My daughter’s default setting at dinner time is to cry and whine over new foods.
 
It doesn’t matter if the new food contains ingredients she loves. Or if the recipe came from a friend and my friend’s kids love the dish. Before Charlie even puts a fork to her mouth, she’s already whining and cringing about it.

And I get it… she has life-threatening food allergies. For her, food is sometimes a danger and not a worthwhile experiment. But as a parent, where am I to draw the line? Should I just let her eat cereal for every meal because she has a good excuse?

Or should I coax her out of her comfort zone from time to time, knowing that the reward is likely a list of more stuff she likes… and a more mature palate and perspective on food later in life?

The same is true with travel writing and photography.

Fear of the unknown… trying new things… stepping out on a limb… taking a leap of faith… all feels scary. And it might actually be scary in some cases, too. But staying still has consequences, too—like bland palates and only short lists of the things we like to do.

Not enough nutrition (both mentally and physically) leads to the destruction of our body and brain development. We know that.

We also know that the last few decades of our life are affected by choices we make today.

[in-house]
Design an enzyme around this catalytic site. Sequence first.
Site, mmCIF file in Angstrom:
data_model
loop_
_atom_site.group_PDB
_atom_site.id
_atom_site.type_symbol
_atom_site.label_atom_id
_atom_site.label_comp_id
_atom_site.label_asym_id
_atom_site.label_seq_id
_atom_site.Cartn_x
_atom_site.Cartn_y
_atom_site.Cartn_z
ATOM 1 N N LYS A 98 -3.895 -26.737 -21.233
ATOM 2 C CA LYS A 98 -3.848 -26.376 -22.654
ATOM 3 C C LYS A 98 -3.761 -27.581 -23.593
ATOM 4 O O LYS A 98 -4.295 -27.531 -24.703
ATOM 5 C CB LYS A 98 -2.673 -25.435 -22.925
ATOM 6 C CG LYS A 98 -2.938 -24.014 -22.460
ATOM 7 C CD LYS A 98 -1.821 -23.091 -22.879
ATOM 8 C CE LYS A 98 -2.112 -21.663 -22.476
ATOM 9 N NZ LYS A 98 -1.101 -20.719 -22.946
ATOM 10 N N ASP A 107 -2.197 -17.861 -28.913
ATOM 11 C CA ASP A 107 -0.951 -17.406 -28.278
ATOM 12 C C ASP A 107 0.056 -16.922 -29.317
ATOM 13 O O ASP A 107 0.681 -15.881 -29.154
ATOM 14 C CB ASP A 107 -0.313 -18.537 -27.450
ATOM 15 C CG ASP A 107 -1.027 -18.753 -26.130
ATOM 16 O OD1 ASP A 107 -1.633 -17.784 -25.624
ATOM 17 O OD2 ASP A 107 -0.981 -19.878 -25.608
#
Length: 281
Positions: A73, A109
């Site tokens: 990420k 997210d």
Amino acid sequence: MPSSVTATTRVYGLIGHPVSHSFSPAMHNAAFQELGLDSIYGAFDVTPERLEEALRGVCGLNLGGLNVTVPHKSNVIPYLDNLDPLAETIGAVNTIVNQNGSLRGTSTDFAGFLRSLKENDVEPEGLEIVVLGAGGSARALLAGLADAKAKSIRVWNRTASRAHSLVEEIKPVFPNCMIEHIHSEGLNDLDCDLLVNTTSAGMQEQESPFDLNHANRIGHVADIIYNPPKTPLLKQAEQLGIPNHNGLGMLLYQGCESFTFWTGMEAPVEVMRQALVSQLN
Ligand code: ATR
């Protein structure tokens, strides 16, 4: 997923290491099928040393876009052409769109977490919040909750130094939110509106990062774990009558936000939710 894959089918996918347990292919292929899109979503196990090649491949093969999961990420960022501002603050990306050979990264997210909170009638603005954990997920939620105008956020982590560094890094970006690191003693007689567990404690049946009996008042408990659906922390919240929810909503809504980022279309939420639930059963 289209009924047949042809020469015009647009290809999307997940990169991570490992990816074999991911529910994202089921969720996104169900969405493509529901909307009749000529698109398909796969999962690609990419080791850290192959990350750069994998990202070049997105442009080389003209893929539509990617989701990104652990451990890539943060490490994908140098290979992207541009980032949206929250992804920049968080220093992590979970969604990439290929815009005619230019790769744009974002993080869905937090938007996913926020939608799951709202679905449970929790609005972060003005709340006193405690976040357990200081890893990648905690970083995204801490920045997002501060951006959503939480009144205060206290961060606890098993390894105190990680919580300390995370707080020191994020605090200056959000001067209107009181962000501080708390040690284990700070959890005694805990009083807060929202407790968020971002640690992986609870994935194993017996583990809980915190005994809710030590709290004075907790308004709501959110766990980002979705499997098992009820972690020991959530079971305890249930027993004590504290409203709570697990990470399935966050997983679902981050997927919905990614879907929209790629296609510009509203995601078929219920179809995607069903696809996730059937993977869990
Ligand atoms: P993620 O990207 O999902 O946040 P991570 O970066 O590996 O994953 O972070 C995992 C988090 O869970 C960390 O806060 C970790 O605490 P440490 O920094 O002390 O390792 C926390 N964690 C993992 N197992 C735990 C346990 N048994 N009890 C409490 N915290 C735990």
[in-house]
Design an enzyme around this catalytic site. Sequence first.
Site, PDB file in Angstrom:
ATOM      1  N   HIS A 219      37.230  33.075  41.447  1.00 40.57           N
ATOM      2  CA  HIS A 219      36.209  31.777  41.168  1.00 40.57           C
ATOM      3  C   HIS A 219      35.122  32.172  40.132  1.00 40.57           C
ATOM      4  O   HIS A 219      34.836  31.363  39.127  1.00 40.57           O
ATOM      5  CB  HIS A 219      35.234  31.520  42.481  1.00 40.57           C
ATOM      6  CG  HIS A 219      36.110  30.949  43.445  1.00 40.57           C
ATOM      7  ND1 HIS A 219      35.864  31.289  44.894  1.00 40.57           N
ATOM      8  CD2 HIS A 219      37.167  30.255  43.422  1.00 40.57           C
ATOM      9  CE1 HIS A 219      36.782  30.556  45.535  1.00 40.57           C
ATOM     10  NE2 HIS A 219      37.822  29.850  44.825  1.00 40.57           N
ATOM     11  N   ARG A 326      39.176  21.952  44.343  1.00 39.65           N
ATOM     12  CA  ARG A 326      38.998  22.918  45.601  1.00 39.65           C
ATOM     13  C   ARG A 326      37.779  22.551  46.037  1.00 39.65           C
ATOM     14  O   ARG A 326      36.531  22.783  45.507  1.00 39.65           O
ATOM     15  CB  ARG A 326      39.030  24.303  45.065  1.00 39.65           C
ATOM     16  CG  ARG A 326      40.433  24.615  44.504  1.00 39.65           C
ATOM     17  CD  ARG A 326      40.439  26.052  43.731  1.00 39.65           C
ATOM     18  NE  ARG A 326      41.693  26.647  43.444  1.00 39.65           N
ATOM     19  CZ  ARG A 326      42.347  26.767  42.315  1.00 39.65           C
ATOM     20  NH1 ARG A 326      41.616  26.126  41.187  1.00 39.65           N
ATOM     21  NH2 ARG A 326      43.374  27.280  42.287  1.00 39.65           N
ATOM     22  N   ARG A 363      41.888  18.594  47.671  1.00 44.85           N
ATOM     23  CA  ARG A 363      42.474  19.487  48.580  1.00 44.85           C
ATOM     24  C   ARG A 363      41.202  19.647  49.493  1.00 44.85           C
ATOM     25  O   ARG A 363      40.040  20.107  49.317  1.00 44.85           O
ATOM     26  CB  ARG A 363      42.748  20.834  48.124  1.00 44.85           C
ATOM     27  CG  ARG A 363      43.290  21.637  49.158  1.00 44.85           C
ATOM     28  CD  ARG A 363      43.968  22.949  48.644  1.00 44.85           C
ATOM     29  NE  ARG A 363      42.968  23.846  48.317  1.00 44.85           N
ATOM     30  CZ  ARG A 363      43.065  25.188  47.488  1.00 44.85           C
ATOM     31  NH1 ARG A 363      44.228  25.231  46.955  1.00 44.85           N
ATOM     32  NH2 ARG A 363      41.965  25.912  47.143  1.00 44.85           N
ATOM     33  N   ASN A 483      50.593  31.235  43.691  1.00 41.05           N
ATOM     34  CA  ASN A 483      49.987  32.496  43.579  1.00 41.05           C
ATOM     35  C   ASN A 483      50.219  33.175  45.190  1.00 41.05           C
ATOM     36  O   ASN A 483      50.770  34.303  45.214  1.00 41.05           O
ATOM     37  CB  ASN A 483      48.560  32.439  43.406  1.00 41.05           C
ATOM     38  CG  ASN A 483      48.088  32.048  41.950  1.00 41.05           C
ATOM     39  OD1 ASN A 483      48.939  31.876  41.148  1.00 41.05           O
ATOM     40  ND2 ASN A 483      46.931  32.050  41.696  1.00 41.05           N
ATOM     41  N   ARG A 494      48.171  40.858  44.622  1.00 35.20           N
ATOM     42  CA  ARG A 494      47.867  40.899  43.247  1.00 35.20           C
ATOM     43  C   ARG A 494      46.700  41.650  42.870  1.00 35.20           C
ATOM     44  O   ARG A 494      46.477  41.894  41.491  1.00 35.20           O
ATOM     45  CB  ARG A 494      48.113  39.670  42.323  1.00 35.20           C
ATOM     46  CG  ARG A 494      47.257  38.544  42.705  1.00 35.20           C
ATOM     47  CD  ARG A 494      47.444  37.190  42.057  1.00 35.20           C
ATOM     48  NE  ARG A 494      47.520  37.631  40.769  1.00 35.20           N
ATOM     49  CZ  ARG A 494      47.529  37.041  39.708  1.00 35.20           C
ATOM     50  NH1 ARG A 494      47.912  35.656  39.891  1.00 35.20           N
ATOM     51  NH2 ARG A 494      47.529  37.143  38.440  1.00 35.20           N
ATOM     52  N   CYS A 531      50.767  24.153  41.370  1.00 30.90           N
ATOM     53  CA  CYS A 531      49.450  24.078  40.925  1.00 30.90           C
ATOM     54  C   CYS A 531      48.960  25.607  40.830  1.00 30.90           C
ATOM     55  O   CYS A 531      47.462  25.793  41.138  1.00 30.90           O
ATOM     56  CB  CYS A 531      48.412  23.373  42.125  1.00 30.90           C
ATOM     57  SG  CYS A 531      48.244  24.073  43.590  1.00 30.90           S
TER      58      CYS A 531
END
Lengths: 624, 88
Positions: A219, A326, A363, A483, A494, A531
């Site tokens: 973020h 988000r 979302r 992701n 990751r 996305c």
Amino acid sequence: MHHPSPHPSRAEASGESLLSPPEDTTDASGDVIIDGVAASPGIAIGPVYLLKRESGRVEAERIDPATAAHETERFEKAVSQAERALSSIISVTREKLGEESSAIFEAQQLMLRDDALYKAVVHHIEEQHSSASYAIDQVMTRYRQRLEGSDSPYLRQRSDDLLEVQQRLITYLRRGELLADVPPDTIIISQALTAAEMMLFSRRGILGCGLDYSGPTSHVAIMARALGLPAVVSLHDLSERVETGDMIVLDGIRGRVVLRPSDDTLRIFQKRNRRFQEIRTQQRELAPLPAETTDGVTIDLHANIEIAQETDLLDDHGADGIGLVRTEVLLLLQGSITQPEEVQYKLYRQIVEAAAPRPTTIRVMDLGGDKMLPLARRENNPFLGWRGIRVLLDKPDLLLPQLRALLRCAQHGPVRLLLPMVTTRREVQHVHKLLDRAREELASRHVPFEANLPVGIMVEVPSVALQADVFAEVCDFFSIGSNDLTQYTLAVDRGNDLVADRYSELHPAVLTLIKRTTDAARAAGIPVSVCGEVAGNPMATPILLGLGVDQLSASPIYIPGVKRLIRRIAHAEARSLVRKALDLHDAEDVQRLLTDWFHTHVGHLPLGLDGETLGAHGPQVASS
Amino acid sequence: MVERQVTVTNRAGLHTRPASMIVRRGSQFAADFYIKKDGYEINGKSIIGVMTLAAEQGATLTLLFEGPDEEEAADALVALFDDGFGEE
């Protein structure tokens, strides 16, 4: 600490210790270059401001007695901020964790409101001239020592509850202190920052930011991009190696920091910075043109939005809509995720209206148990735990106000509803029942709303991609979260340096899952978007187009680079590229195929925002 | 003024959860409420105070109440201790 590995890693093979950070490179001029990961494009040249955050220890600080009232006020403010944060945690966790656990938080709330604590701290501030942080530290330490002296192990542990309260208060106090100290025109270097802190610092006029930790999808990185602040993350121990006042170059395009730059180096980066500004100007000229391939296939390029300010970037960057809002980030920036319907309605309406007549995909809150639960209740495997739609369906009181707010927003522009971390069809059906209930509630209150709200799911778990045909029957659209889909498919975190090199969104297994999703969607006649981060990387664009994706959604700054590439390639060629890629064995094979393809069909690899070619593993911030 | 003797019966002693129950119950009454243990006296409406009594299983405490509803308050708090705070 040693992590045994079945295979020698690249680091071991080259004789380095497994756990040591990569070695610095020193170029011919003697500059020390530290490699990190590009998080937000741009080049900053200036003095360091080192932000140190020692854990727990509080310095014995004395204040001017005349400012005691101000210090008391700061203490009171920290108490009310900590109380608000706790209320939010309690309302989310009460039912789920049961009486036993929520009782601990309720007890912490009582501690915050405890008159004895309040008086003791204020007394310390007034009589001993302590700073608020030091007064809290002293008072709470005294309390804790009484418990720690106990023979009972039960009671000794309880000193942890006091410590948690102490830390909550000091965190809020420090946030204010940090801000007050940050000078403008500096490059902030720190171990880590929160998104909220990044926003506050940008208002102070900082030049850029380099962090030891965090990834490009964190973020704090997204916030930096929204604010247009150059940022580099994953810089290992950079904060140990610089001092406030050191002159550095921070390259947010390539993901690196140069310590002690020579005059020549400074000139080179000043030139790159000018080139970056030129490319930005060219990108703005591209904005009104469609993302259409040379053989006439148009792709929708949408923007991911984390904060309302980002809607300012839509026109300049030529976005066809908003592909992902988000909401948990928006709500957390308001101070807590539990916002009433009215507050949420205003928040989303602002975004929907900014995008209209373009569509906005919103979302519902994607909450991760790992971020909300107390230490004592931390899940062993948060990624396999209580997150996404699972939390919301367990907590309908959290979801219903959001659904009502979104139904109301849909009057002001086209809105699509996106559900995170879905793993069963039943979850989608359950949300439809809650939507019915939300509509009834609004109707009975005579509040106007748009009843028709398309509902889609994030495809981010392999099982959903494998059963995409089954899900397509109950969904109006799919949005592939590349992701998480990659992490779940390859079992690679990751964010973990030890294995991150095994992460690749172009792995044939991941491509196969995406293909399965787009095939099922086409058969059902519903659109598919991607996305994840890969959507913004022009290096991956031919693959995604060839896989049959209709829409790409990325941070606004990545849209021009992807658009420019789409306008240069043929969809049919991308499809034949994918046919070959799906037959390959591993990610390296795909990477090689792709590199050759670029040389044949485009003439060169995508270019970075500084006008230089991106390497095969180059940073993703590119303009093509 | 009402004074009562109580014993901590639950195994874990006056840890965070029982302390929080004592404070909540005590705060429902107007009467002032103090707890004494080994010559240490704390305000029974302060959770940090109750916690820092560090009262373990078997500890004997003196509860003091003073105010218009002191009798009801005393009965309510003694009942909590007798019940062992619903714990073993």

So why is it easier to tell Charlie to eat her vegetables than it is to tell myself to get up from my chair and go for a walk every day? Both have about the same effect on our current and older bodies and both are really important. But for me, maybe like you, it’s a lot easier to see her lapses in judgement than my own.

So let’s take a minute today to look inward and think about what we’re not doing to accomplish our goals… what we’re not eating and filling our souls with just because our default mode is to complain and whine first or to pick apart someone else’s life before picking apart our own.

Try something new today.

Get out your camera or your notebook and write about it/photograph it.

A new food, a new style of music, a new art exhibit or tour down the street. Just take a step outside your comfort zone.

It’s time to change that default to something more productive. Something that gets you closer to the things you want most.



Along those lines this week, we’ll look at a few simple ways you can incorporate photography into your daily life… and take photos you can sell.

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[Editor’s Note: Learn more about how you can fund your travels and make an extra income with photography, travel writing, blogging, and more in our free online newsletter The Right Way to Travel. Sign up here today and we’ll send you a new report, Five Fun Ways To Get Paid To Travel: A Quick-Start Guide, completely FREE.]

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